So first up was Owl City. The arena was maybe half full for their short set (5-7 songs I think). Wow are these guys good. Just wow. I had heard a song or two on the radio “Fireflies”, “Good Time” and maybe another one. They kind of remind me of “Jimmy Eat World” a little bit. They are definitely skilled musicians, their lead singer has a good stage presence, a good voice live and overall put on a great show. Consider me a huge fan now. Hopefully these guys will be headlining venues like Nokia and AAC in the not-too-distant future.
Next up was Neon Trees. The arena was full for their show. All the fans knew the words to the songs. Dancing in the aisles. Everyone singing along. To me, a song or two of theirs is kinda catchy, but kinda feels like they’re still trying to establish their sound artistically as a band. On a few songs they played pop stuff typical of today’s music, but on others they really tried to sound goth/Depeche Mode/The Cult/80s british stuff on a few songs but for some reason (live, at least) it just didn’t quite work. Don’t get me wrong, I like that kind of music, but only when it’s done well. Their cover of Human League’s excellent “Don’t You Want Me Baby” (which was one of my favorite songs back in the day) didn’t do the original justice. But again, maybe I’m just middle-aged and cranky when it comes to new music.
20 minutes later, Maroon 5 comes on stage and opens with their catchy “Pay Phone”. From the first note of the song to the last “goodbye Dallas” of the encore, screams and cheers that the Beatles would have been proud of filled the arena. The crowd alone was as loud as the OU-UTA game at College Park Center, or the Dallas Mavs when they were really good at Reunion or AAC. Sometimes you go to a show of a band you don’t know real well but once you get there, you recognize more songs than you anticpated…that was the case here. With an impressive light and laser show, they played a bunch of songs I was already familiar with, like: “Pay Phone”, “Wake Up Call”, “Misery”, “This Love” plus “She Will Be Loved” and “Moves Like Jagger” for the encore.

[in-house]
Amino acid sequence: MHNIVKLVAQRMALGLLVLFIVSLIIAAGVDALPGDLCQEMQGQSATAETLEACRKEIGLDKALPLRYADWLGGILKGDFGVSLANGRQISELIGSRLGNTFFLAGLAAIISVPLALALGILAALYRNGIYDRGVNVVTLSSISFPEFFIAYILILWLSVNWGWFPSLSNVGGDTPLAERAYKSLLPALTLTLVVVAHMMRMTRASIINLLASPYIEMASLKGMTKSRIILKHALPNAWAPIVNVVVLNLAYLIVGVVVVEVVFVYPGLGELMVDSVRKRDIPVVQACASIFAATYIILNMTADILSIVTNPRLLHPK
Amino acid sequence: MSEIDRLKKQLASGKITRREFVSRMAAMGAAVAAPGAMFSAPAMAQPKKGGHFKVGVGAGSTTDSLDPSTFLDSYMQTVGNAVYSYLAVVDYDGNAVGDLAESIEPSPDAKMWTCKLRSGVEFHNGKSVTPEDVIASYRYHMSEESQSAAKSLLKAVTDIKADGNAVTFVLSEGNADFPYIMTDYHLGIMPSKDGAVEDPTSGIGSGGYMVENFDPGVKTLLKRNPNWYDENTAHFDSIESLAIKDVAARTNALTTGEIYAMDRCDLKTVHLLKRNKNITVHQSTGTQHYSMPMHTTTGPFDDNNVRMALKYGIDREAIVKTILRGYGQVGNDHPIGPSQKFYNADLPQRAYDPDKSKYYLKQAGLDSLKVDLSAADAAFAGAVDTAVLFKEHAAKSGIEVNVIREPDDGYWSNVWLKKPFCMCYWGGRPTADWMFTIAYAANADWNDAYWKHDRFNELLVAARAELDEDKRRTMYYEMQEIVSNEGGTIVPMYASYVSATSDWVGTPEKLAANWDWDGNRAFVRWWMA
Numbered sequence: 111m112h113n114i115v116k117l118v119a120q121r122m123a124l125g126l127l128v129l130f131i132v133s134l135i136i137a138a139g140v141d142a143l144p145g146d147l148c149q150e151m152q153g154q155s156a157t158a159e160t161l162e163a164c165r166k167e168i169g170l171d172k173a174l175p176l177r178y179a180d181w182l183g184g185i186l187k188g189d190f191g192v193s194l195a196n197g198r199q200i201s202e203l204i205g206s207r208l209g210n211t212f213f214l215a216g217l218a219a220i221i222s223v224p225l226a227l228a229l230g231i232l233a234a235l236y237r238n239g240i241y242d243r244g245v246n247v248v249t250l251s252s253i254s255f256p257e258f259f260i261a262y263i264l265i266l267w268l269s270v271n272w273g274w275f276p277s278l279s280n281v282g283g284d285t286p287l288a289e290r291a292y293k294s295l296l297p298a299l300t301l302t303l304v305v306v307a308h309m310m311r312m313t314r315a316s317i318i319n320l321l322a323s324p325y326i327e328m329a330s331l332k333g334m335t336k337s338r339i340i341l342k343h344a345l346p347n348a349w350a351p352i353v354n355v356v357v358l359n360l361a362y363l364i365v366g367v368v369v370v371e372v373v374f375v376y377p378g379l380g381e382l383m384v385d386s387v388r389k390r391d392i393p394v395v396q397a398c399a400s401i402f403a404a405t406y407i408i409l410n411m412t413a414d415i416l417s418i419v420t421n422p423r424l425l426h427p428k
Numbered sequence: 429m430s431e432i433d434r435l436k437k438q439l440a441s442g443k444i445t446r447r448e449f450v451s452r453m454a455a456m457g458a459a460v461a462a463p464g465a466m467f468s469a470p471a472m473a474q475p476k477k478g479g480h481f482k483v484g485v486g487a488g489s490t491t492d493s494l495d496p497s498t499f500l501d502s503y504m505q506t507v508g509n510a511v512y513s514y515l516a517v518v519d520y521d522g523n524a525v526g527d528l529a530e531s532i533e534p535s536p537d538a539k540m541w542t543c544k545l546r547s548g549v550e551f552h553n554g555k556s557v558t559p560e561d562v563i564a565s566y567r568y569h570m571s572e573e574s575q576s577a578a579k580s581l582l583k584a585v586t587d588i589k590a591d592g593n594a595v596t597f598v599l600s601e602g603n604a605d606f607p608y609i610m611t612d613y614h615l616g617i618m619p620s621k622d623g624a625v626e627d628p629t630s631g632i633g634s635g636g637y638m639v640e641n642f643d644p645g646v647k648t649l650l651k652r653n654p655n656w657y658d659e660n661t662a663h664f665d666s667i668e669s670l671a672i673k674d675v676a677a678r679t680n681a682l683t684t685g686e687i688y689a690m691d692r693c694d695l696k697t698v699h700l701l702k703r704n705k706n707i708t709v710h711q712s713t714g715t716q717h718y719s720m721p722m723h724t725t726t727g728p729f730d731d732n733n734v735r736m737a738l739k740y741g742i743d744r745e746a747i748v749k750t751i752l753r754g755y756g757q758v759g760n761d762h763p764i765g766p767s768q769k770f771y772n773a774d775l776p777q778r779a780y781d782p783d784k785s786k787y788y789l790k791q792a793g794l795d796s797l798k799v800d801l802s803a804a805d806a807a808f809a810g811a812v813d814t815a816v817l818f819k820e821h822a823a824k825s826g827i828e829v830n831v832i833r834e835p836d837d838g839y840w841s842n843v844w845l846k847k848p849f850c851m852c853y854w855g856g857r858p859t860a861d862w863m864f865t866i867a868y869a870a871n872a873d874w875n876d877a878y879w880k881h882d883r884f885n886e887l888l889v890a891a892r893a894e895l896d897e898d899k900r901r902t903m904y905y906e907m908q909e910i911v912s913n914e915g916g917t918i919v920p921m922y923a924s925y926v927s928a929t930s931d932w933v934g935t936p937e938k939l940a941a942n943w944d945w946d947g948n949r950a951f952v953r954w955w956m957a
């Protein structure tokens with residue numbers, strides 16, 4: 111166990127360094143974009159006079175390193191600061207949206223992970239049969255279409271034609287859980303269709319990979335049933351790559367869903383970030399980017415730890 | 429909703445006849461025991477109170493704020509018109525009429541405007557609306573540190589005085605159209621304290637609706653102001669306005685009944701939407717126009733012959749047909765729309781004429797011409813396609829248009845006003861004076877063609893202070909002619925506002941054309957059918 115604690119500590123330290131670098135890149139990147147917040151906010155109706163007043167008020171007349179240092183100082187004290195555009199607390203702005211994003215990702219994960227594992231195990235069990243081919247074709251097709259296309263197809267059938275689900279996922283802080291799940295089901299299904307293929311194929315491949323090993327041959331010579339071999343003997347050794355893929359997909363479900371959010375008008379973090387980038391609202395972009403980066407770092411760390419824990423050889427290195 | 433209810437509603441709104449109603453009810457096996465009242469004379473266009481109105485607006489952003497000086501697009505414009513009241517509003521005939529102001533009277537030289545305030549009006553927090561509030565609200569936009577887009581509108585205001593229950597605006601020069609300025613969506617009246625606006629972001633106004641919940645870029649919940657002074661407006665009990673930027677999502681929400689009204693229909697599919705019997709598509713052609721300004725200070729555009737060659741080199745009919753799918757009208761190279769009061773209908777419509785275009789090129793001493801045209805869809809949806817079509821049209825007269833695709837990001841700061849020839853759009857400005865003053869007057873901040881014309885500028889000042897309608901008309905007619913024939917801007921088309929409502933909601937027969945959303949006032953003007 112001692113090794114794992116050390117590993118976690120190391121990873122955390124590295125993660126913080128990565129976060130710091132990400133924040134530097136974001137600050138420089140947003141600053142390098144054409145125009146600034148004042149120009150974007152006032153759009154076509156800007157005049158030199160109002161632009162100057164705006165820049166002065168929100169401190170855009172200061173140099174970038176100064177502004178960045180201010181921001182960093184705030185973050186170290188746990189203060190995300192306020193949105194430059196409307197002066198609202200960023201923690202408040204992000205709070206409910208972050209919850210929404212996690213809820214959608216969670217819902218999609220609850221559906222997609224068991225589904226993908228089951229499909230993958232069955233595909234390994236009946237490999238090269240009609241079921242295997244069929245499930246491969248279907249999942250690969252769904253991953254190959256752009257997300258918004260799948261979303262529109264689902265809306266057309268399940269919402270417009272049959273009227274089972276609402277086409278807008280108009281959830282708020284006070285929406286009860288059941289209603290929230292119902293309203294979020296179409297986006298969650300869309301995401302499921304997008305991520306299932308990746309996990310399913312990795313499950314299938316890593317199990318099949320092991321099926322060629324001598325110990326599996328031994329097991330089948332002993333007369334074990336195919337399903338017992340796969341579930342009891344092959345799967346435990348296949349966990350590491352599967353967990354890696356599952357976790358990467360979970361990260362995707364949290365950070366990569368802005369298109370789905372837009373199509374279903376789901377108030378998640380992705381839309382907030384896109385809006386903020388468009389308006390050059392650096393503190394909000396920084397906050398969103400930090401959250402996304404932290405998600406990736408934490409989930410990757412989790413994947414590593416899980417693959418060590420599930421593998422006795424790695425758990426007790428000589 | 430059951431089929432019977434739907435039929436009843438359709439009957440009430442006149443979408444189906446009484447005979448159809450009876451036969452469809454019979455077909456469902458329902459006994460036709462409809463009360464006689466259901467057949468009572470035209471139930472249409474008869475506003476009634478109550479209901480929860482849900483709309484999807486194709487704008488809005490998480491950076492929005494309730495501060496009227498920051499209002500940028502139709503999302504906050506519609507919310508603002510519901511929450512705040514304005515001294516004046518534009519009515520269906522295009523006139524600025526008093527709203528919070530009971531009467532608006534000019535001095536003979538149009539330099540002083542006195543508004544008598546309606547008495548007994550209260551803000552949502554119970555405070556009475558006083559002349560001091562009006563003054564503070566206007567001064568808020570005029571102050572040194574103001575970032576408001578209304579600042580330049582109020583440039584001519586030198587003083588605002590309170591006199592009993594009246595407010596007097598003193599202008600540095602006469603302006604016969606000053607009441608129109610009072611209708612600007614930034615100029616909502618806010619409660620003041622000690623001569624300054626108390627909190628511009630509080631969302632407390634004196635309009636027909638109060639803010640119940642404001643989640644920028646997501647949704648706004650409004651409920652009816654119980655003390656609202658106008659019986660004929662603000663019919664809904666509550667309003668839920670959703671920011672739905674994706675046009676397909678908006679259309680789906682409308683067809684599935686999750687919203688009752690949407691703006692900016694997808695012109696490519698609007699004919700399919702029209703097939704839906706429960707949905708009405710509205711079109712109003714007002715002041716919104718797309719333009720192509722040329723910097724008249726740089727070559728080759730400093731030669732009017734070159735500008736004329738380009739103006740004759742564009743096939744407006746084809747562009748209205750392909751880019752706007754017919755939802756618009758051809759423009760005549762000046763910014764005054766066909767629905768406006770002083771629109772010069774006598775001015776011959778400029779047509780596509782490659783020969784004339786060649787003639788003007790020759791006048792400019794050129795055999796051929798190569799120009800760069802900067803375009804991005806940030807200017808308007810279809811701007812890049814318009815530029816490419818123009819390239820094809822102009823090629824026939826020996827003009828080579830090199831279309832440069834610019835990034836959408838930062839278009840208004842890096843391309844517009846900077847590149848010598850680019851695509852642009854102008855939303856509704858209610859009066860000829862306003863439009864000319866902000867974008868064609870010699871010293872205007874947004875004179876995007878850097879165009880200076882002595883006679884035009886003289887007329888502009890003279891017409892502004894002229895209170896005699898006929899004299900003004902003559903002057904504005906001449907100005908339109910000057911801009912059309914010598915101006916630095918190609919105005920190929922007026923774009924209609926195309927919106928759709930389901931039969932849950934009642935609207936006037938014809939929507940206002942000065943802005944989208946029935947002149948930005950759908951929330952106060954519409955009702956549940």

Even for the non- or casual Maroon 5 fan, it was a really entertaining show and Adam seemed to be having a good time. His voice appears to be holding up very well on tour (he was able to hit all the high notes, especially like on the challenging “She Will Be Loved”) and his sound reminds me a bit of Phil Collins for some reason when he sings. We were seated at the far end of the arena, but with the video screens most bands use these days, every seat in there was a good one. A second array of speakers was positioned toward middle of the arena, which made the sound really good for a big show like this one.
So overall, as bad as I wanted to see Yes at Nokia that night…it worked out well Mrs. Mav got to see her favorite band, I got a surprisingly good show with a couple of bands I didn’t know much about, and now I get to pick a show I want to see…who’s coming through town that’s good in the next few months?
Click on the pics below for a gallery of a couple of images…